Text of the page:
It seems only fitting that the birthplace of Brahms and Mendelssohn should have one of the world’s great concert halls. According to architects Pierre de Meuron, Jacques Herzog and Ascan Mergenthaler, who designed London’s Tate Modern and Beijing’s National Stadium (the “Bird’s Nest”), the Elbphilharmonie’s design draws its inspiration from the ancient theater at Delphi, sports stadiums and tents. To me, it looks like a cross between a sea creature and a skyscraper, growing from its brick pedestal overlooking Hamburg’s harbor.
As the Sydney Opera House did, the Elbphilharmonie has quickly become the symbol of its city, but locals have mixed feelings. The gala opening concert took place in January of this year, but the Elbphilharmonie was originally scheduled to open in 2010. Lawsuits stopped the work for years, and eventually the building cost more than four times the original budget estimate. Even the Elbphilharmonie representative I spoke with complained. “I was angry,” he said, “because the taxpayer contribution became five times more! The atmosphere in Hamburg is not exactly against the Elbphilharmonie, but not for it either.”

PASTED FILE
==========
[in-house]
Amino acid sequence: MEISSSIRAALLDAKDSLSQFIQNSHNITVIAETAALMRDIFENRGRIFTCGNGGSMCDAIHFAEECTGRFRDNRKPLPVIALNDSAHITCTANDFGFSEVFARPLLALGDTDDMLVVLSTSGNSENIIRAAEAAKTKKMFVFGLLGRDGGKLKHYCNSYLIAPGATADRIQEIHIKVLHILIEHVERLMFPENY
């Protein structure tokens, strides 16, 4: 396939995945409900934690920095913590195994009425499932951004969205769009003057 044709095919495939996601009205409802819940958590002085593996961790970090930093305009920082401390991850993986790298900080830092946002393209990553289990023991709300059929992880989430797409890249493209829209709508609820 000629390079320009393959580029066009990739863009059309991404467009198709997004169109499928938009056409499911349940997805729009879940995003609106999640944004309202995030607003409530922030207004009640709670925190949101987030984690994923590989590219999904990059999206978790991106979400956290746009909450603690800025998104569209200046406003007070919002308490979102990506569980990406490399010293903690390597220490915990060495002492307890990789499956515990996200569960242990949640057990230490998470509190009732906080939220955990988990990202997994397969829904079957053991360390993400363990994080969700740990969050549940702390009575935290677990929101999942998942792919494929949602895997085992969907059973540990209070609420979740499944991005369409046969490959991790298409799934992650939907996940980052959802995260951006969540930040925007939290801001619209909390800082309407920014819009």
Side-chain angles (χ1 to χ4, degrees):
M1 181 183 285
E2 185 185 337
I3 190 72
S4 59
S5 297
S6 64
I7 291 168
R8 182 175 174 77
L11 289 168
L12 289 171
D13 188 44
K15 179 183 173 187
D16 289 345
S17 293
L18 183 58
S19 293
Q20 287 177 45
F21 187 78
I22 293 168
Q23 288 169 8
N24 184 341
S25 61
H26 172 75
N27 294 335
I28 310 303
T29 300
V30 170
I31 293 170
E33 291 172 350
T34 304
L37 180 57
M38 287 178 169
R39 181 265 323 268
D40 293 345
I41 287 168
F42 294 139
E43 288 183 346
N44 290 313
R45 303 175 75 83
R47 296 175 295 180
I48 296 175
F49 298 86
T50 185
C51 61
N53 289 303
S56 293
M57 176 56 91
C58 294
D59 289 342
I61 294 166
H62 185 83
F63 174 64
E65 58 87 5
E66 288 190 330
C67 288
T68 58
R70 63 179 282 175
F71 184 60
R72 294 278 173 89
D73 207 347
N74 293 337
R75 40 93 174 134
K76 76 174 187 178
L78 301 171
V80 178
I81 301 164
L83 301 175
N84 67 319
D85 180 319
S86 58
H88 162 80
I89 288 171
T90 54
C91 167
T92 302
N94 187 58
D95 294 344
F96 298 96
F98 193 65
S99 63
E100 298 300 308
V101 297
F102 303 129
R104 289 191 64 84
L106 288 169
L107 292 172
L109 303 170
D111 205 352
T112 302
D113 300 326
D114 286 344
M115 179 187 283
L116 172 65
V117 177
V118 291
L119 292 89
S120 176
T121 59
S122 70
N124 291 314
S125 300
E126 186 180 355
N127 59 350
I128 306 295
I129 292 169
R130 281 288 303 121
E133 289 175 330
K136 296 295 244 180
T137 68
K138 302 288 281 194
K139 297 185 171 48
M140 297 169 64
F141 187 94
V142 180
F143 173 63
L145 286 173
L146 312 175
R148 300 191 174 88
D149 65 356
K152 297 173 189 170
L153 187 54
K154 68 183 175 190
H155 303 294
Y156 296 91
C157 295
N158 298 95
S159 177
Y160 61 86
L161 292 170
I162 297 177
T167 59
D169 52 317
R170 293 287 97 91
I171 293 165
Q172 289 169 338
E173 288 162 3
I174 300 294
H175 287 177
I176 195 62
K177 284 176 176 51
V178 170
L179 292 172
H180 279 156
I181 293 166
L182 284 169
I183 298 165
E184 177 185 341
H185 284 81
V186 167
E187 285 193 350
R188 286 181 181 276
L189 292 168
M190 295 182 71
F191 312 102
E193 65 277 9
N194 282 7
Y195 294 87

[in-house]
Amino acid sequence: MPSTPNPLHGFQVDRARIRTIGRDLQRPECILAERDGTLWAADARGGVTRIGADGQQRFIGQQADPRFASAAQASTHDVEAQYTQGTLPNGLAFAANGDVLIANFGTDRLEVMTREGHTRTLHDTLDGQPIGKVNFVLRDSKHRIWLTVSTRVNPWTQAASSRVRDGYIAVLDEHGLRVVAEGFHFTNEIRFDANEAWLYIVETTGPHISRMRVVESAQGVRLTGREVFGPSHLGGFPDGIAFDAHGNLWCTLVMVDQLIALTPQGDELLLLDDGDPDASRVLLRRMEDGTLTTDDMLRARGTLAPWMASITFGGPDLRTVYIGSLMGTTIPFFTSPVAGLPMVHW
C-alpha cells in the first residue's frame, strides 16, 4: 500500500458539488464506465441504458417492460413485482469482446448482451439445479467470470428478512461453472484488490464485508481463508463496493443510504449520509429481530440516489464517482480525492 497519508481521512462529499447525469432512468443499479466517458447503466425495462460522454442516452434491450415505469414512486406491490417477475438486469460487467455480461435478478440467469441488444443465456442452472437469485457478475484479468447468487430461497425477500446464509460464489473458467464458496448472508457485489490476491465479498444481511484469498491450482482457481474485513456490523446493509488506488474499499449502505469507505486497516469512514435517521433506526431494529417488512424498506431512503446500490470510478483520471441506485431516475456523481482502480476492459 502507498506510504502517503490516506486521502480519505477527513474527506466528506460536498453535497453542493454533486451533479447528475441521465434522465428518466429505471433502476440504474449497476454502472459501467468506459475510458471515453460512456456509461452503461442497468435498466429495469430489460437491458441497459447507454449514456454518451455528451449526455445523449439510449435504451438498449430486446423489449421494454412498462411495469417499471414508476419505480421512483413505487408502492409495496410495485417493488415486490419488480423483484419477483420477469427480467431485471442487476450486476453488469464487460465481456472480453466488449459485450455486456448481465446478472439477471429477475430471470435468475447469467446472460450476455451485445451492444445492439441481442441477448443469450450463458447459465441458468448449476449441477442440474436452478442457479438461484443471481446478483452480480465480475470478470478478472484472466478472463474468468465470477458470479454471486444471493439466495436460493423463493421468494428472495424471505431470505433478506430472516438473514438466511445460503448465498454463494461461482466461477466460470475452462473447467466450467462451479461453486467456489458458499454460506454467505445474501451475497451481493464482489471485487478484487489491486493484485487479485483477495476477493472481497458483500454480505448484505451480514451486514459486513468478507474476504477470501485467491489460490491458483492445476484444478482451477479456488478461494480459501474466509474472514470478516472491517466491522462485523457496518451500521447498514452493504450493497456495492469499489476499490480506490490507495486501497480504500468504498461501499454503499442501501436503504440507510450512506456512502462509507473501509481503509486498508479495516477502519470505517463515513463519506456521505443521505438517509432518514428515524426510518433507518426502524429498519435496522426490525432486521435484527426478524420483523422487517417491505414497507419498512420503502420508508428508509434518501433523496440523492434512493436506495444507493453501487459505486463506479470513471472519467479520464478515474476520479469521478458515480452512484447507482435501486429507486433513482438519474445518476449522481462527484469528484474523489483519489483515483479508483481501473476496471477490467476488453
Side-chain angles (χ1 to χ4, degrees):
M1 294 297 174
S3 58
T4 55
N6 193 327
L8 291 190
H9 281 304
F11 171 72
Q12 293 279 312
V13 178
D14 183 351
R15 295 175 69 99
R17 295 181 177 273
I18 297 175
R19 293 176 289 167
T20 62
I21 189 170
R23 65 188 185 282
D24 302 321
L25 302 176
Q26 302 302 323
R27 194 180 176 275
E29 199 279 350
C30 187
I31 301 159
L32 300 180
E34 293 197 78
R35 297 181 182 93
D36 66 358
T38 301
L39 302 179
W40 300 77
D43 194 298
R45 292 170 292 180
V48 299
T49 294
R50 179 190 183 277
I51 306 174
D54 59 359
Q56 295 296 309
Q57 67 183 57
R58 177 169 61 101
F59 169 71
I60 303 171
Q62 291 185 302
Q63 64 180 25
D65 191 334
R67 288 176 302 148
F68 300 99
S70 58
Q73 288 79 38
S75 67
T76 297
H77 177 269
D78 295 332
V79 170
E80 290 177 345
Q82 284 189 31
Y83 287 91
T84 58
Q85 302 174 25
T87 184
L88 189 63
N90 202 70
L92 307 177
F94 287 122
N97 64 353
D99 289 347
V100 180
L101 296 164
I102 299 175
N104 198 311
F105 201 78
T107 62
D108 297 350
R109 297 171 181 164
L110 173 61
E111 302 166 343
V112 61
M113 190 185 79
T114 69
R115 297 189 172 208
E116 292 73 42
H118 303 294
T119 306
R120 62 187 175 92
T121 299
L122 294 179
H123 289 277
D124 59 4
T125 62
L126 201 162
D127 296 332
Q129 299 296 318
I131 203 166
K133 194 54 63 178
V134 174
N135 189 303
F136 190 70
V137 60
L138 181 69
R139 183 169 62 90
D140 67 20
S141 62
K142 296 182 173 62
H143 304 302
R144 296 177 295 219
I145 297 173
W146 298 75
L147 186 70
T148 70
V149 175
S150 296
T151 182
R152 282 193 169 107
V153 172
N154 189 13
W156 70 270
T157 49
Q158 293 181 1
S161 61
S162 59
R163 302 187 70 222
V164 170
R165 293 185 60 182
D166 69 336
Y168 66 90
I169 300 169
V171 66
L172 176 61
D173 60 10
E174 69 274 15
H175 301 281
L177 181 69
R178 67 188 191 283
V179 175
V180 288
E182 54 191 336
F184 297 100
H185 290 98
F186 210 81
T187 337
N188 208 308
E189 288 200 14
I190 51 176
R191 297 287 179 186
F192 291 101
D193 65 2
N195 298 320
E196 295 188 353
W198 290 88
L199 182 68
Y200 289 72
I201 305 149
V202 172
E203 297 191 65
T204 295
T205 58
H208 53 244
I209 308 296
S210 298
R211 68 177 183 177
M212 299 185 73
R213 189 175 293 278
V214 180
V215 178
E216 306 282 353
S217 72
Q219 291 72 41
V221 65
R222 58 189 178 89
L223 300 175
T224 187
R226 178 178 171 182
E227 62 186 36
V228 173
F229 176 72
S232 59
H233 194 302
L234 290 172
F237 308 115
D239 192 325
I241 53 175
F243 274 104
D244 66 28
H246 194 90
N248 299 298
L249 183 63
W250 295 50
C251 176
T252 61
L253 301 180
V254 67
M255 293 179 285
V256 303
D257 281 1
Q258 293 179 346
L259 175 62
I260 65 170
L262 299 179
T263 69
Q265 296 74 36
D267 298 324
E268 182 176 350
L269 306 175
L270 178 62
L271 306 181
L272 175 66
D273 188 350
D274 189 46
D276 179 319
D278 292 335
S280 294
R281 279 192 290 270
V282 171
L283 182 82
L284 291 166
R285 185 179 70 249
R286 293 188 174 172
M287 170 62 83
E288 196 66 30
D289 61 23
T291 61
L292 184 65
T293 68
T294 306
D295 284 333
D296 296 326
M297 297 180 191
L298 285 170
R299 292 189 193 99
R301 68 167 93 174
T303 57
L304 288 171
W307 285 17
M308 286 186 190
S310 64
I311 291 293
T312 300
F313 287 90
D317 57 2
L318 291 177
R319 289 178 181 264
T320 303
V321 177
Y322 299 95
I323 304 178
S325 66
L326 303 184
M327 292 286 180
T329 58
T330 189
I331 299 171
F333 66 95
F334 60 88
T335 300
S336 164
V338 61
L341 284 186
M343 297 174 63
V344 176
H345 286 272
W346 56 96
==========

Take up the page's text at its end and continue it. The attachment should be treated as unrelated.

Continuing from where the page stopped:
Those of us who didn’t have to pay for the Elbphilharmonie can simply enjoy the building’s beautiful and innovative design. The curvaceous Grand Hall places the musicians at the center, with seats for 2,100 concertgoers surrounding them on all sides. Some 10,000 gypsum-fiber honeycomb-like panels ensure that the sound is equally good from every seat (though I admit I haven’t tried them all). Both the Grand Hall and the Recital Hall have concrete outer shells separated from the rest of the building by massive steel springs, in order to prevent any outside sounds from penetrating the rooms.
Already the 2018 season is mostly sold-out, but if you plan ahead and engage the help of a talented concierge, I wouldn’t be surprised if you could find some tickets. If not, I recommend taking one of the English-speaking guided tours of the building.